Mini Series – THE PRECEPTS OF THE CHURCH
These “precepts” are the most important laws of the Catholic Church. They are meant for each of us. Through her precepts the Church, our loving Mother and teacher, puts before our minds the minimum participation which is necessary to maintain our Catholic identity.
Recalling Our Lord’s words that the wise man “built his house upon the rock” (Matt 7:24), we can ask ourselves this Lent how far we are built on the rock of Christ, who is present in his Church and active in her life-giving sacraments, how firmly rooted we are in the community of faith which is the dwelling place of the Holy Spirit (see Acts 2:1-13).
The Precepts of the Church are to be found in the Catechism of the Catholic Church (CCC) Nos. 2042-2043.
“You shall attend Mass on Sundays
and Holy Days of Obligation and Rest from Servile Labour.”
From the earliest times the Christians celebrated the Eucharist on the Day of the Lord’s resurrection (see Acts 20:7). It is no surprise that the vision of St John in the book of Revelation, a vision deeply linked to the Christian liturgy, occurred “on the Lord’s Day” (Rev. 1:10).
St Justin Martyr (100-165), one of the first Church Fathers, wrote in about 150 AD: “on the day called Sunday, all who live in cities or in the country gather together to one place …”.
He goes on to explain the reading of the Scriptures and the consecration of the bread and wine and concludes: “Sunday is the day on which we all hold our common assembly, because it is the first day on which God … made the world and Jesus Christ our Saviour on the same day rose from the dead.” Christians understood that, now, the Old Testament commandant to “remember the Sabbath day, to keep it holy” (Exod. 20:8) applied to Sunday rather than the Jewish Saturday.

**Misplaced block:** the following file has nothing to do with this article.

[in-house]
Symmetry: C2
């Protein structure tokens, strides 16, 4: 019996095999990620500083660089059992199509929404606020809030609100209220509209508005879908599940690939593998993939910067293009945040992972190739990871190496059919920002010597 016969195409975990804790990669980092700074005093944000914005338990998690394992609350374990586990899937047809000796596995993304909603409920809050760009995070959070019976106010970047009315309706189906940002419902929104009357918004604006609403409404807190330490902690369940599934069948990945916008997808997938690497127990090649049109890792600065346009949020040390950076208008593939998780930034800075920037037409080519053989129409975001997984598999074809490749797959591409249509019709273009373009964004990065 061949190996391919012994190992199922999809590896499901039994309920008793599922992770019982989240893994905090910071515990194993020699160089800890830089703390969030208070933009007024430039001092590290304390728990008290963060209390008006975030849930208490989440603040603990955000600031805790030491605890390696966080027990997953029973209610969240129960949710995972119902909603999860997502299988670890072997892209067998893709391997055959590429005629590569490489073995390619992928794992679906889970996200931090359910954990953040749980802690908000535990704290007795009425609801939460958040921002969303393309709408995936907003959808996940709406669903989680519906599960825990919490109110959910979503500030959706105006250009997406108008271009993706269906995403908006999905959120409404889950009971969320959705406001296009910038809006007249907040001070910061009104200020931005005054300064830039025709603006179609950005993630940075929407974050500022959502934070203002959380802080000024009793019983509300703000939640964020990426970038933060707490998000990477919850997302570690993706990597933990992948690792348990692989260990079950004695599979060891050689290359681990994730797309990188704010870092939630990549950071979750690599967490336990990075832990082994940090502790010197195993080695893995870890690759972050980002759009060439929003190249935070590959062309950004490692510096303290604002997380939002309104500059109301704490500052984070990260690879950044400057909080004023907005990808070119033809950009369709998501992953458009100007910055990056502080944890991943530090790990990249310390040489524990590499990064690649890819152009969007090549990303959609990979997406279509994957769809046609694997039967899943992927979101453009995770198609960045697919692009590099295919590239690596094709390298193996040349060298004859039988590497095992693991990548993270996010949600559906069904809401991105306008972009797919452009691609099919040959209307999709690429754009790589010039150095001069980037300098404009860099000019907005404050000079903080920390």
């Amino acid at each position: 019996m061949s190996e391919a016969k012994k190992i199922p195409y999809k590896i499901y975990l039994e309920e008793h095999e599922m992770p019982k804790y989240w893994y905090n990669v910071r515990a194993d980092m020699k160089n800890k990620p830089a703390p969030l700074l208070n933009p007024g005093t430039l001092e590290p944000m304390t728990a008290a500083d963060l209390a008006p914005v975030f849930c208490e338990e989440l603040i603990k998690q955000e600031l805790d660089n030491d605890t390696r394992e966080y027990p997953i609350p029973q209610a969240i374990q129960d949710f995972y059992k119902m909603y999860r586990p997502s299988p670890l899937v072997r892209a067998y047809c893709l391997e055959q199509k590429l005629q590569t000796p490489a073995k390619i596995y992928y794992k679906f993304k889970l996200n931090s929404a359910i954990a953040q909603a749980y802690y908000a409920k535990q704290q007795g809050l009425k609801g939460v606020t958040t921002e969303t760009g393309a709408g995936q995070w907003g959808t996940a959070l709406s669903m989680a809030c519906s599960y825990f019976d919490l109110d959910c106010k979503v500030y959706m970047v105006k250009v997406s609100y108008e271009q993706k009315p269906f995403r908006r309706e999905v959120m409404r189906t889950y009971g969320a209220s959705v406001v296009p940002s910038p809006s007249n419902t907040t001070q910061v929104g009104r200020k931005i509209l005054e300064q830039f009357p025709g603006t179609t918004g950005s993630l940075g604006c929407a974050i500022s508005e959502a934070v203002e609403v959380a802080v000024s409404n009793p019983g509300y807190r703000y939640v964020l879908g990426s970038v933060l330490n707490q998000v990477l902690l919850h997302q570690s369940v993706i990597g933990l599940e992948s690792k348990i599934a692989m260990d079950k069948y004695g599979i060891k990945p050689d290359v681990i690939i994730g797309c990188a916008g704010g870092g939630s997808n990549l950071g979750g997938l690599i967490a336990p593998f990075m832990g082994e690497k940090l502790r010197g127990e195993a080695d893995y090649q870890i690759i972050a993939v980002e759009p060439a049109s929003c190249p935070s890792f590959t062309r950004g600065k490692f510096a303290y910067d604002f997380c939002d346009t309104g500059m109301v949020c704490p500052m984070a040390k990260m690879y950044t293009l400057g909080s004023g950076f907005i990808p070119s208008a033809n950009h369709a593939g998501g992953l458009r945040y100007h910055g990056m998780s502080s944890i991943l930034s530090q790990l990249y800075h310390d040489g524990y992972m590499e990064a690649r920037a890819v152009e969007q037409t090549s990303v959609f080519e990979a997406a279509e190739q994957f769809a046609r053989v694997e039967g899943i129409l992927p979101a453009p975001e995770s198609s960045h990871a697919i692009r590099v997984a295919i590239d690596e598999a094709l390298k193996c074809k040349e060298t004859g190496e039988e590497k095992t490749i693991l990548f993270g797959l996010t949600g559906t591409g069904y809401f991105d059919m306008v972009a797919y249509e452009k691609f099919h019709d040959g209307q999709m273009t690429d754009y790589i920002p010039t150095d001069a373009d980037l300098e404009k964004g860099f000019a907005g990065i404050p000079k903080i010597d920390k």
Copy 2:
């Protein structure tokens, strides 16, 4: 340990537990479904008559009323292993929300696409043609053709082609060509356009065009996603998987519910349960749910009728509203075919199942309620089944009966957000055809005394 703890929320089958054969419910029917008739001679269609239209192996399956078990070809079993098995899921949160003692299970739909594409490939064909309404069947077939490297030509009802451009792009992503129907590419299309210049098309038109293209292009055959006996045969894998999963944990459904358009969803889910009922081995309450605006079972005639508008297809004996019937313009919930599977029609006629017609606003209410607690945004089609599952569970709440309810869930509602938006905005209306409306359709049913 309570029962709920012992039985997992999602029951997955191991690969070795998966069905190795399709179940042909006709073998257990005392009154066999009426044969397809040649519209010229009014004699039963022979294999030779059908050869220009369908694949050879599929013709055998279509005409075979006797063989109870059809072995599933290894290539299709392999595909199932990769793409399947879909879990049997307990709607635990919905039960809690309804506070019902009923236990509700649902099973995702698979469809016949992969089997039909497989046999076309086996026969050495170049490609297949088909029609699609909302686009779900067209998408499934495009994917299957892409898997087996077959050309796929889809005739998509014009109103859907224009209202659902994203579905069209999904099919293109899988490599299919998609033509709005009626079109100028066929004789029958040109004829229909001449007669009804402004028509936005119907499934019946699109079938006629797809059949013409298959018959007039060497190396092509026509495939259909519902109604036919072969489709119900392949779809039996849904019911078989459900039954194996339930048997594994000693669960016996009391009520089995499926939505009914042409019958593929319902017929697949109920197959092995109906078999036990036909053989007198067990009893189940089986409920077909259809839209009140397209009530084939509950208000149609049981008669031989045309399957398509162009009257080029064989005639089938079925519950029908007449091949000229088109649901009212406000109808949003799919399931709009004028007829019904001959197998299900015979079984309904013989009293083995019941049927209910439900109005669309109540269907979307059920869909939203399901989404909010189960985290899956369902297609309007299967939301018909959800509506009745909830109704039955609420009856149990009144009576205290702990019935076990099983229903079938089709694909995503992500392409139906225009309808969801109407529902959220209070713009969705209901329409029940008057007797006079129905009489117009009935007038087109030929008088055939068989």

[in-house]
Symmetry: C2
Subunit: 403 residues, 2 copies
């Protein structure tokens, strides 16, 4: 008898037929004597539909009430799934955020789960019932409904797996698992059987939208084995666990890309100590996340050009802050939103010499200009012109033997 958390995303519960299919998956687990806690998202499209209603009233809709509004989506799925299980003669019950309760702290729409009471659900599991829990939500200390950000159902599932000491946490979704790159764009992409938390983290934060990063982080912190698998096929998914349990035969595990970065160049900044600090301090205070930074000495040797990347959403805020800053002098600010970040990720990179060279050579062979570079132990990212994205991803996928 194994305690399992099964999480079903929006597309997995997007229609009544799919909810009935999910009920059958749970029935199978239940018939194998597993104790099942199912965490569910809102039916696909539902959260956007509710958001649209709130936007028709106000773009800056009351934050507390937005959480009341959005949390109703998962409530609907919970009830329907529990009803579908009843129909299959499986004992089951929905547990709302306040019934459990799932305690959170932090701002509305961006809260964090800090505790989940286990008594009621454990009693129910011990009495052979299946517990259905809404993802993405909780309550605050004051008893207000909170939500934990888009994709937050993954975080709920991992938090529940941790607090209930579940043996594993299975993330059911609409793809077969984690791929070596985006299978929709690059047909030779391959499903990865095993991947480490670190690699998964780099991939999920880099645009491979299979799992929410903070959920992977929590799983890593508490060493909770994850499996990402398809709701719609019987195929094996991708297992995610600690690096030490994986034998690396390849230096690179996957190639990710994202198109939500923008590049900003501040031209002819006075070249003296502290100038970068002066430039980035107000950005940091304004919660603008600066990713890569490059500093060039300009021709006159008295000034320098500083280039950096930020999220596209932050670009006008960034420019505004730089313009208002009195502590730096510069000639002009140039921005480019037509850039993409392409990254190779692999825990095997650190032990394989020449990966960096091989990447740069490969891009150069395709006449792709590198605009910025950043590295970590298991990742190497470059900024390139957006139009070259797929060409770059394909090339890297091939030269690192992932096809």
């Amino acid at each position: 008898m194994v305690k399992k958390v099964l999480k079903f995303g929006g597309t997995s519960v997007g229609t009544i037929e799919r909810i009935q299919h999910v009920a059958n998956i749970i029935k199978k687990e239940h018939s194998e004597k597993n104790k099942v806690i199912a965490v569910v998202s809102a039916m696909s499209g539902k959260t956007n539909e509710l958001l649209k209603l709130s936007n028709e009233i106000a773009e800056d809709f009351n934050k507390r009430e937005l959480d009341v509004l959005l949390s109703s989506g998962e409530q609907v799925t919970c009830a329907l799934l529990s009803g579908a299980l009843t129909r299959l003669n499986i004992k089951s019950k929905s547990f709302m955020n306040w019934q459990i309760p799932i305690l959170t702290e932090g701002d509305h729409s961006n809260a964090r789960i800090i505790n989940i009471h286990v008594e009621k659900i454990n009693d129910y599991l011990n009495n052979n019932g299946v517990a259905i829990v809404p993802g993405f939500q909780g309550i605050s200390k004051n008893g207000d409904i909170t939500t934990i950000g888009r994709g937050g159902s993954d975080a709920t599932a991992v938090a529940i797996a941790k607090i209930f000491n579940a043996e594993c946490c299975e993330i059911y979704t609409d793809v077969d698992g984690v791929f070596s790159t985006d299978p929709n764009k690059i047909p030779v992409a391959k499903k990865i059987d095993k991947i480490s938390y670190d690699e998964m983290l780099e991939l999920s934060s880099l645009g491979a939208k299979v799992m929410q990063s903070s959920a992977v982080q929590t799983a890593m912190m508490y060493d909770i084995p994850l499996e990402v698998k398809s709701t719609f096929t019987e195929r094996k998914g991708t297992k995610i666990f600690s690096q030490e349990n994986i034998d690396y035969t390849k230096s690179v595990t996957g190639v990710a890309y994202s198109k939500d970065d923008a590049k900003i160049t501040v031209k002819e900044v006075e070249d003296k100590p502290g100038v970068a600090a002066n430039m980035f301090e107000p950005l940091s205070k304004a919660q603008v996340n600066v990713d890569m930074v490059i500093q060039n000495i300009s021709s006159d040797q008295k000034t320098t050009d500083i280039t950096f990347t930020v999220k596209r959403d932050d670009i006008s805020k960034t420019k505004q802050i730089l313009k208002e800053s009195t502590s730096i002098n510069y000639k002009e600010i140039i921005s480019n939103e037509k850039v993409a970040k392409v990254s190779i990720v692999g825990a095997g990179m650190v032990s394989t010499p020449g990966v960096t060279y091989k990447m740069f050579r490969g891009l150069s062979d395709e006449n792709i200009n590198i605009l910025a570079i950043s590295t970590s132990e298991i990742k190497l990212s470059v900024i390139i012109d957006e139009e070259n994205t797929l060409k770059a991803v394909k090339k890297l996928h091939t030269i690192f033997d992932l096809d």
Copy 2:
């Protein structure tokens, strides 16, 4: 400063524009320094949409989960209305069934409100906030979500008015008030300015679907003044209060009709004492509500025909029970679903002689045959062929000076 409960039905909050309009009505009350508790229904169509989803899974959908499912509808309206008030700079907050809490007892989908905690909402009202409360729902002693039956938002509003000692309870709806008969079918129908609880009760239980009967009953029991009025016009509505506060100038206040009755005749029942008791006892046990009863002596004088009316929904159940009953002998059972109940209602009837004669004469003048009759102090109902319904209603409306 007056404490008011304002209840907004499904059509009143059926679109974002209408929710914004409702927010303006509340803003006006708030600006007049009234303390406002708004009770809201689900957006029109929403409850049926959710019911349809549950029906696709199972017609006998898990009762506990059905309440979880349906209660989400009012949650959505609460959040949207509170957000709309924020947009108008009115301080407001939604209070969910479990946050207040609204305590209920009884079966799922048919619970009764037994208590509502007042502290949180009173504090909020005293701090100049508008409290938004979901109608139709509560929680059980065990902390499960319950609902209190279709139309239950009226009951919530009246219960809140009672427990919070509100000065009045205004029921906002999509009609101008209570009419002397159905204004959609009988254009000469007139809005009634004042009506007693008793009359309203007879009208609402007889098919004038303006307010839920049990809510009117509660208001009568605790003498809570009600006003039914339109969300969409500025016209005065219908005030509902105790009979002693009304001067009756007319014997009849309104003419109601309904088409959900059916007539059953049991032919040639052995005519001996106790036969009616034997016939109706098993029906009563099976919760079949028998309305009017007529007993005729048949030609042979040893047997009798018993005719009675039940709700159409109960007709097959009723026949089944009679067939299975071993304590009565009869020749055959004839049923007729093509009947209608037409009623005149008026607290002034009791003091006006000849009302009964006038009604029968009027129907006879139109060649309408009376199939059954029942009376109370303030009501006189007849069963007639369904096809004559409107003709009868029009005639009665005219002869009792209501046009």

It was also clear to Christians that, developing the tradition of the Jews, the Christian sabbath calls for rest from our usual occupations, “to abstain from those labours and business concerns which impede the worship to be rendered to God, the joy which is proper to the Lord’s Day, or the proper relaxation of mind and body.” (Code of Canon Law 1247).
The Catechism challenges us also when it adds: “Christians will also sanctify Sunday by devoting time and care to their families and relatives, often difficult to do on other days of the week.” (CCC 2186)
Sunday is rightly a time for recreation, yet a Catholic must prioritise the Sunday Mass for the simple reason that God himself must be given first place.
The precept to be present at Mass on Sundays (or Saturday evening) is non-negotiable for Catholics – it is a “grave” obligation (CCC 2181). If it happens that we fail to observe it through negligence or without a serious reason, we should confess it in the Sacrament of Reconciliation before receiving Holy Communion again.
If, on the other hand, we did have a sufficient reason not to be present, for instance we were ill, had to stay at home to look after young children, or were a great distance from a church, or have no choice but to work on Sunday during Mass, then we’re not obliged BUT let us not ‘look for excuses’ and let us choose our work carefully and do all we can to make it known to our employers that we only need ONE HOUR per week – could we perhaps EXCHANGE our lunch- or off-times for this ONE HOLY HOUR ON SUNDAYS?!
We must further attend Mass on holy days of obligation that usually fall during the week, such as Christmas Day.
The precepts of Church are not regulations trying to catch us out but crucial reminders of what it means to be a Christian. Saint John Paul II, in his encyclical letter on the Lord’s Day, wrote:
“Sunday is a day which is at the very heart of the Christian life. From the beginning of my Pontificate, I have not ceased to repeat – ‘Do not be afraid! Open, open wide the doors to Christ!’.
In the same way, today I would strongly urge everyone to rediscover Sunday –
Do not be afraid to give your time to Christ! Yes, let us open our time to Christ, that He may cast light upon it and give it direction. …
Time given to Christ is never time lost but is rather time gained, so that our relationships and indeed our whole life may become more profoundly human.”
(Dies Domini 7)